I confess that with all my curiosity to meet an Altrurian, I was in no hospitable mood toward the traveler when he finally presented himself, pursuant to the letter of advice sent me by the friend who introduced him. It would be easy enough to take care of him in the hotel; I had merely to engage a room for him, and have the clerk tell him his money was not good if he tried to pay for anything. But I had swung fairly into my story; its people were about me all the time; I dwelt amid its events and places, and I did not see how I could welcome my guest among them, or abandon them for him.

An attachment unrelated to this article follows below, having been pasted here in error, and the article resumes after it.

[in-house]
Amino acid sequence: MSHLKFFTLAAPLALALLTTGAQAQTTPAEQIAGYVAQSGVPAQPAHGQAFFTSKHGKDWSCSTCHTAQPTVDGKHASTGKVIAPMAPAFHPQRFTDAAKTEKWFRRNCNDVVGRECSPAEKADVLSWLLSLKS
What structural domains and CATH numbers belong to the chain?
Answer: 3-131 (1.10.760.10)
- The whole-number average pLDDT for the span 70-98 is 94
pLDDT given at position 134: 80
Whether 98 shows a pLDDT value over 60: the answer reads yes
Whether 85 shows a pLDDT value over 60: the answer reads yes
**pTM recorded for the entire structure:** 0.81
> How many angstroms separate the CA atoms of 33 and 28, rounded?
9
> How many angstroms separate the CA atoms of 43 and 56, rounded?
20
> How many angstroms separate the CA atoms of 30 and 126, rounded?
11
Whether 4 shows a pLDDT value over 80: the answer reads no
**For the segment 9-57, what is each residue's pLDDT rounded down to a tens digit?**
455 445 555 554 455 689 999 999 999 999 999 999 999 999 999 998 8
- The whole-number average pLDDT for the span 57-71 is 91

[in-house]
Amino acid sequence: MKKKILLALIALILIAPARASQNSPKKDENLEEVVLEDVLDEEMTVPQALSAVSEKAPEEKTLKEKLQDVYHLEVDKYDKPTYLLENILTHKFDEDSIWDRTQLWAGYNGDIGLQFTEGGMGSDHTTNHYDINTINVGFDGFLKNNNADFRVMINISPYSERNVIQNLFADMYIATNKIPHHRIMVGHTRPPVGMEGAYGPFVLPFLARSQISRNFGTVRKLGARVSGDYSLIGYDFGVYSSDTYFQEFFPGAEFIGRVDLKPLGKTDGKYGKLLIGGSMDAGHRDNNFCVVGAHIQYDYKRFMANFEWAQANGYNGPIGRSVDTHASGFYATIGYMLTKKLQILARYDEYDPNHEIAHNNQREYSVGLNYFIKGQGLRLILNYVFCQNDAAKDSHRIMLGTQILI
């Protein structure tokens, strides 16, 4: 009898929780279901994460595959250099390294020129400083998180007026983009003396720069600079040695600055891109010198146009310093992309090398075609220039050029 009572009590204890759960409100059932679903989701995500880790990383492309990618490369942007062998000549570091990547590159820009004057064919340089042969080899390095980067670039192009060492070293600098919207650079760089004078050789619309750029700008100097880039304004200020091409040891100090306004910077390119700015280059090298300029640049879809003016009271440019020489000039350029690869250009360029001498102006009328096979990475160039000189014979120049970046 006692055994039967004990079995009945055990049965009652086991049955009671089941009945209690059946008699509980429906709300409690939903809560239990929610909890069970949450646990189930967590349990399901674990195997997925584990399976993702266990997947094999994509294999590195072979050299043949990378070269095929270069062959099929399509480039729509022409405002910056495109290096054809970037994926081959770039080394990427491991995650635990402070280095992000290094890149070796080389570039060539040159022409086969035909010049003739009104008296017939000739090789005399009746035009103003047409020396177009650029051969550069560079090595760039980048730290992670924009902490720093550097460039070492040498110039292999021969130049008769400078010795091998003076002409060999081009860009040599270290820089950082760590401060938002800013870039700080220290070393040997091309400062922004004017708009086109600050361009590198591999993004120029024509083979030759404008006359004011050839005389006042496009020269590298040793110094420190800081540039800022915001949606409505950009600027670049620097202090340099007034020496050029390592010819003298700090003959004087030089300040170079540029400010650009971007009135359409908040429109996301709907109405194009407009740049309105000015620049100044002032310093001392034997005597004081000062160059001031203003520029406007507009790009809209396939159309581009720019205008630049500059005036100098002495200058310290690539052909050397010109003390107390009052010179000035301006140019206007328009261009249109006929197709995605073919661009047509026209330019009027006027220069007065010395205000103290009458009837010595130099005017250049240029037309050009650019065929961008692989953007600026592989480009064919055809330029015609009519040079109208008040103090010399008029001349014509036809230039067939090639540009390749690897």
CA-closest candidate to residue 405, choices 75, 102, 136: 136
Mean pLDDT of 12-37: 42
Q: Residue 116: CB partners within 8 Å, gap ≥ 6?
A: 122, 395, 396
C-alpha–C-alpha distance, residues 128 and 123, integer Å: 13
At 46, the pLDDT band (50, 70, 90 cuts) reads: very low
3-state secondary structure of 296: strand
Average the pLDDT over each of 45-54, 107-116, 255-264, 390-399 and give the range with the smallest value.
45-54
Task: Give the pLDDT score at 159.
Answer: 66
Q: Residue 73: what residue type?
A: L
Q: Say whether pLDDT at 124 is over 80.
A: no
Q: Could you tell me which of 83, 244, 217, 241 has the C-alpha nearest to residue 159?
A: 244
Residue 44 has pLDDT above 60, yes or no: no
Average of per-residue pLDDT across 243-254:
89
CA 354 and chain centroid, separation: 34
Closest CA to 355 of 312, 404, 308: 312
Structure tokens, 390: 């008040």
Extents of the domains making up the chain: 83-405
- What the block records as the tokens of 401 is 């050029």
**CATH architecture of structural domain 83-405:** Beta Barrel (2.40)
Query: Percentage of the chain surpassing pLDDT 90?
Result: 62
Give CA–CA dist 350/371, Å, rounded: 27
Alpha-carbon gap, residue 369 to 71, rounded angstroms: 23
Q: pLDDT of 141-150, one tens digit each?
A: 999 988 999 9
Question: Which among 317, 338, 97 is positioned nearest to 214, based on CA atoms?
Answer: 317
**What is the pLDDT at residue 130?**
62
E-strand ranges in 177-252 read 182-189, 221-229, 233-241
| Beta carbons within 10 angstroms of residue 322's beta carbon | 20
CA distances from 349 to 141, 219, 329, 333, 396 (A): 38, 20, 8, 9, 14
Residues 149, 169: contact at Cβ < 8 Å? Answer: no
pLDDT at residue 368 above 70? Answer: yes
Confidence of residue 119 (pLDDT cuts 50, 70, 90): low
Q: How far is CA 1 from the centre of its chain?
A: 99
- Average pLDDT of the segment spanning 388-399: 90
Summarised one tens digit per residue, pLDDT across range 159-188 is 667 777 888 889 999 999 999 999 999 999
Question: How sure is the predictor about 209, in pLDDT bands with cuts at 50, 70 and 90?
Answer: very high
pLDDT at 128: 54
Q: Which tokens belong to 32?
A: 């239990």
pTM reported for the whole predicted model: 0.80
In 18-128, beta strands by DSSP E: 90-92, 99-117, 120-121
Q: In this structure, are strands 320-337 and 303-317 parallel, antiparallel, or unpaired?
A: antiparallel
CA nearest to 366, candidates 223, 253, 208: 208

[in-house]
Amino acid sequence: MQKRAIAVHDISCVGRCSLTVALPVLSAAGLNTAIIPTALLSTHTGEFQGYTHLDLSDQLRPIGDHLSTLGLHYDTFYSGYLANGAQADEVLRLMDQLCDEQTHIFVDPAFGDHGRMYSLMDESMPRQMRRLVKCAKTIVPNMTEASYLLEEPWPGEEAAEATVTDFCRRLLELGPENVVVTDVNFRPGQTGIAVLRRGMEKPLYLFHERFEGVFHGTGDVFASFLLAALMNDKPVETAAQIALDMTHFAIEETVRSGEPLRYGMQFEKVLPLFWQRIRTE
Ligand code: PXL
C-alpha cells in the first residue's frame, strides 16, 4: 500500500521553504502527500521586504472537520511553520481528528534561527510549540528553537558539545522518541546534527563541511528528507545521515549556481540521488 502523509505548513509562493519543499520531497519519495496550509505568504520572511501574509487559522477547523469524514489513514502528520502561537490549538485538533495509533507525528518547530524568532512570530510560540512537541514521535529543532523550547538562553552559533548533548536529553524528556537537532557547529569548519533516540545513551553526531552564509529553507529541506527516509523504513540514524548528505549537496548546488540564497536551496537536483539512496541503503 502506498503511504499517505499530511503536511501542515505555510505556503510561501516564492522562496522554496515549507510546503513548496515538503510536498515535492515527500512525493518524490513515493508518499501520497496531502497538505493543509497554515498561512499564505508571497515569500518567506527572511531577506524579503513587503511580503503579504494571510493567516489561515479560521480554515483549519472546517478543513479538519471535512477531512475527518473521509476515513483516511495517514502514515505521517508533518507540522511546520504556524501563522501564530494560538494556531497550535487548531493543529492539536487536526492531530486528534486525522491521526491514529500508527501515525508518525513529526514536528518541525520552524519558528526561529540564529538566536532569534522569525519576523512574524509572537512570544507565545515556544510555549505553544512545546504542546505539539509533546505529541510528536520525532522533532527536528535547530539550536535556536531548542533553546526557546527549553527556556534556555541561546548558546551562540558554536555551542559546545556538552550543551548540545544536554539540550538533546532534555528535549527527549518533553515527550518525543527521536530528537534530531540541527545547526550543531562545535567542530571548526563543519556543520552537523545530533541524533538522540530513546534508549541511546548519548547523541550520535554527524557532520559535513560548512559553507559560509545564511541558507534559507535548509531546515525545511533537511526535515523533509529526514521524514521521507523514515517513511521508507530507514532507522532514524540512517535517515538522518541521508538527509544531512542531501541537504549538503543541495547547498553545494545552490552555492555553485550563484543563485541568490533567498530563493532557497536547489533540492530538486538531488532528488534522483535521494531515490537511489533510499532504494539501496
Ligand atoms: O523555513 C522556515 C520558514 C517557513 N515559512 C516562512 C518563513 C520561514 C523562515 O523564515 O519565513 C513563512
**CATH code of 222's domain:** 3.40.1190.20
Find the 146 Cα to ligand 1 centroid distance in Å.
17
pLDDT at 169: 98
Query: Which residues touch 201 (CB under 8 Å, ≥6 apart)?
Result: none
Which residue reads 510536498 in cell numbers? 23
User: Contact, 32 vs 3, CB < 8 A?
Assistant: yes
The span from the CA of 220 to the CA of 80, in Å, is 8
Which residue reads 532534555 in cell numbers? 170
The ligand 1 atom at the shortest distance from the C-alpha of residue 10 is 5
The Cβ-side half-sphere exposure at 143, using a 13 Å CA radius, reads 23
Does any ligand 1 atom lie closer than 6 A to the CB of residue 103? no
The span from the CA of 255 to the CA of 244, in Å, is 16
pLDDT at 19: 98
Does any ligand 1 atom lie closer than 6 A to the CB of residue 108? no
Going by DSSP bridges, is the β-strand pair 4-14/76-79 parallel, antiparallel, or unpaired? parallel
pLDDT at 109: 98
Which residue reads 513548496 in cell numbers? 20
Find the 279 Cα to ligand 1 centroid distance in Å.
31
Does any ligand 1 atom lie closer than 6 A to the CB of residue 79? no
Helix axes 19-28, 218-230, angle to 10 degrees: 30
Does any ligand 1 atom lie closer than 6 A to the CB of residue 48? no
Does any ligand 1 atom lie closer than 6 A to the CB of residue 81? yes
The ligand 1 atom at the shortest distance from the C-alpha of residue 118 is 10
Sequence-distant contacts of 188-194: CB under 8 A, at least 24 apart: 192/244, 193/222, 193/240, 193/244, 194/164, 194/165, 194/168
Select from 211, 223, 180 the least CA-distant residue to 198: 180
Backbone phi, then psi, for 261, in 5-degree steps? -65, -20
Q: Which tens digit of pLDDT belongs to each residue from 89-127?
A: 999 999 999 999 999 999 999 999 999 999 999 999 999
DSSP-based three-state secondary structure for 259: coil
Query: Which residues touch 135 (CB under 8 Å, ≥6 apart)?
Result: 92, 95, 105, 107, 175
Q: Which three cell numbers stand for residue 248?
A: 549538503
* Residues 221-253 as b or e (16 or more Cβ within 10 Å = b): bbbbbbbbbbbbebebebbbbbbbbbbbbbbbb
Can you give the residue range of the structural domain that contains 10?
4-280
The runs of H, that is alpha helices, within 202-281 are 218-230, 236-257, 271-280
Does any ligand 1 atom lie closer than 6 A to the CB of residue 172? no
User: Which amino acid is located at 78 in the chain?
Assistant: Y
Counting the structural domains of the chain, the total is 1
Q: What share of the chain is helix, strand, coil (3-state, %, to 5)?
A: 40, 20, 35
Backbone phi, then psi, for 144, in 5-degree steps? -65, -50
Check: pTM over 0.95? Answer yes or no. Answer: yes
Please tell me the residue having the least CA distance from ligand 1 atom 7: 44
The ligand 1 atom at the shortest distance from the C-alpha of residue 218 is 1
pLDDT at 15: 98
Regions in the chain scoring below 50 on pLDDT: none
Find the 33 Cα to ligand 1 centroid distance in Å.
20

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An ethnography of the development and travel of the New Zealand model of neoliberal welfare reform, this study explores the social life of policy, which is one of process, motion, and change. Different actors, including not only policy elites but also providers and recipients, engage with it in light of their own resources and knowledge. Drawing on two analytic frameworks of the contemporary anthropology of policy-translation and assemblage-Kingfisher situates policy as an artifact and architect of cultural meaning, as well as a site of power struggles. All points of engagement with policy are approached as sites of policy production that serve to transform it as well as reproduce it. As such, A Policy Travelogue provides an antidote to theorizations of policy as a-cultural, rational, and straightforwardly technical. Catherine Kingfisher is Professor of Anthropology at the University of Lethbridge. She is editor of Western Welfare in Decline: Globalization and Women's Poverty (2002) and author of Women in the American Welfare Trap (1996). Her research focuses on policy, governance, personhood, gender, and, most recently, happiness and well-being.
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